With the unseasonably wet spring and the cooler than normal temperatures that we’ve had this year, entomologists have predicted a very ‘buggy’ summer. Fortunately, there are things that we can do to help prevent that annoying buzzing near our heads and the red itchy after-bites.
Dehydration is a serious problem, especially when talking about athletic performance. Your body needs water in order to operate on the most basic of levels. Without proper hydration your body can suffer mild to severe physiologic compromise. Weight loss of 1-2% of your total body weight can signify dehydration and will show signs of decreased performance. At a 3% loss you will start to experience heat cramps and a moderate to severe decrease in performance. Anything over a 5% loss puts you at risk for heat stroke. Dehydration actually occurs before the onset of thirst. Therefore, if you feel thirsty you are already dehydrated!
By Dr. Holly WhiteKnight, ND
As per the Food Climate Research Network’s most recent report put it: “The relationship between health and environmental sustainability can best be viewed as an arranged marriage, rather than a love match.”
As North Americans we need to think about the way that we eat, not just for the health of our bodies but also for the good of the planet. With all of unfolding research regarding climate change, it’s no surprise that food security is such an issue. Unpredictable weather patterns and drastic extremes provide challenges for farmers and their crops. “Fad” superfoods deplete the local resources for the native population, driving the prices up so high that their chance for maintaining it as a staple in their diet is no longer financially attainable, as is the case with Quinoa in South America. People are becoming more detached from what it means to eat locally, with whole foods as the center focus of their diet.
Sustainability comes in many faces. Some factors to consider when making sustainable food choices could include:
~ Dr. Holly WhiteKnight, ND
Media use by children and adolescents has reached an unprecedented level, and is ubiquitous. A recent study reported that Canadian children spend 8.5 hours per day engaged in sedentary media activities. Those under the age of two are spending 2.5 hours a day in front of a television. Youth also report using more than one device at a time. Both quantity and quality of media consumption have effects on brain development and the behavior of youth.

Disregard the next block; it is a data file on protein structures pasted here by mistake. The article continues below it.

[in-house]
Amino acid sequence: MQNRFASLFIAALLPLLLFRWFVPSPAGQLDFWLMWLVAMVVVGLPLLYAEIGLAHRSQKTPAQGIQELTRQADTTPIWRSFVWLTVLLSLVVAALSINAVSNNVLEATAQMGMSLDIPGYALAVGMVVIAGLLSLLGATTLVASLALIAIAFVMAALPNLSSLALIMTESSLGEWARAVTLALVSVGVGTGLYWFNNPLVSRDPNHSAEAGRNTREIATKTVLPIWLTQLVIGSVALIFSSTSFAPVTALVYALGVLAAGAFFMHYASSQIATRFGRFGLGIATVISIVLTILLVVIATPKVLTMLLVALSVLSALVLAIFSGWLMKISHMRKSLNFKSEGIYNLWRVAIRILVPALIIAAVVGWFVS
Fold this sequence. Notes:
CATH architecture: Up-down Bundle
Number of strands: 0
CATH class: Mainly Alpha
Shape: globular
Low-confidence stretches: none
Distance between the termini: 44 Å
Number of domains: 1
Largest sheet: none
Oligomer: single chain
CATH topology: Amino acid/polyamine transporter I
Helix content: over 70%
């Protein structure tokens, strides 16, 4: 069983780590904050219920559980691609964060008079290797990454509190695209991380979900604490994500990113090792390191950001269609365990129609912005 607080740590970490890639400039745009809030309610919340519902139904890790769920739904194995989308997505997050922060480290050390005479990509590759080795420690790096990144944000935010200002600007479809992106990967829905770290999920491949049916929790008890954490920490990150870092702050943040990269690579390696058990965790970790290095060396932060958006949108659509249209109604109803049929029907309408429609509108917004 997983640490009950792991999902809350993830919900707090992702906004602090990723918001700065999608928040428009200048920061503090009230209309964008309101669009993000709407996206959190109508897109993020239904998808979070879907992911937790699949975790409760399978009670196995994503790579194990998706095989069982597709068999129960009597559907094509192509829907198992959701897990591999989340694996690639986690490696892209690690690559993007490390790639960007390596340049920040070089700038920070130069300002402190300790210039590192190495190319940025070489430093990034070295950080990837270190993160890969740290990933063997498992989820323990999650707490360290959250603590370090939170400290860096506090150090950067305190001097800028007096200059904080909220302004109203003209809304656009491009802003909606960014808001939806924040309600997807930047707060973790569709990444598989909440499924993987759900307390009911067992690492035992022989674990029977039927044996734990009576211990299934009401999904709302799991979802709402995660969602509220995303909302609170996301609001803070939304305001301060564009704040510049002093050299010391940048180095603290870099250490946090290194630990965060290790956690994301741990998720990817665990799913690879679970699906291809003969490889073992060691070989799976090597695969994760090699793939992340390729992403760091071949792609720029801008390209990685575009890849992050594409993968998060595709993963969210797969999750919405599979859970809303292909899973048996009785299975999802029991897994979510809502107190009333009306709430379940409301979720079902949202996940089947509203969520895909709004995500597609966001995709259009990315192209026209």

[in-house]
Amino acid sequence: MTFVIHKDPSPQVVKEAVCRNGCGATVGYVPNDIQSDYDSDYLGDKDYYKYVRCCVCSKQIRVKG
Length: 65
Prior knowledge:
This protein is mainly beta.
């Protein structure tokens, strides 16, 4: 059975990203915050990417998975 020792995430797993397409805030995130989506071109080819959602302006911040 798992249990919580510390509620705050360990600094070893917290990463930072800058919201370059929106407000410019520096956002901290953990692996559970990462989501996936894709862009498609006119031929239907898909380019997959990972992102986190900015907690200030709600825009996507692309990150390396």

A developing brain is a sensitive organ that slowly builds from the bottom up.
By Holly WhiteKnight, ND
A cute and very accurate bumper sticker from one of the Naturopathic Medical Schools reads: “The road to health is paved with good intestines”. The overall health of our body is in fact, intimately linked to the health of our intestines.
With an abundance of research connecting chronic health issues to the gastrointestinal tract (gut), we as naturopaths have a lot that we can offer to help heal your gut and get you on the road to healing your life. Irritable Bowel Syndrome, Ulcerative Colitis, Crohn’s Disease, Celiac Disease, gluten sensitivity/intolerance, food allergies; these are all situations where there is significant inflammation somewhere in the gut. Such hostile conditions in the gut will eventually affect other parts of the body overtime and further weaken the immune system.
A large portion of our immune system lives in the gut. The body needs a positive balance of healthy bacteria (flora) in order to remain in good health and to prevent inflammatory states. The immune system in the gut must be strong enough to properly identify harmful bacteria and stimulate the body’s immune response to fight off infections and to keep the negative bacteria at bay and from multiplying to numbers that lead to a subsequent infection.
We all know that stress affects our mood.
From the Canadian Skin Cancer Foundation:
Fact: Did you know that according to the World Health Organization (WHO) tanning beds are classified as “carcinogenic to humans”?
Skin Cancer is Preventable
Dr. Holly WhiteKnight, ND
Protect yourself from the sun this summer, and follow these tips to perform self-checks to help with early detection of possible skin cancer lesions: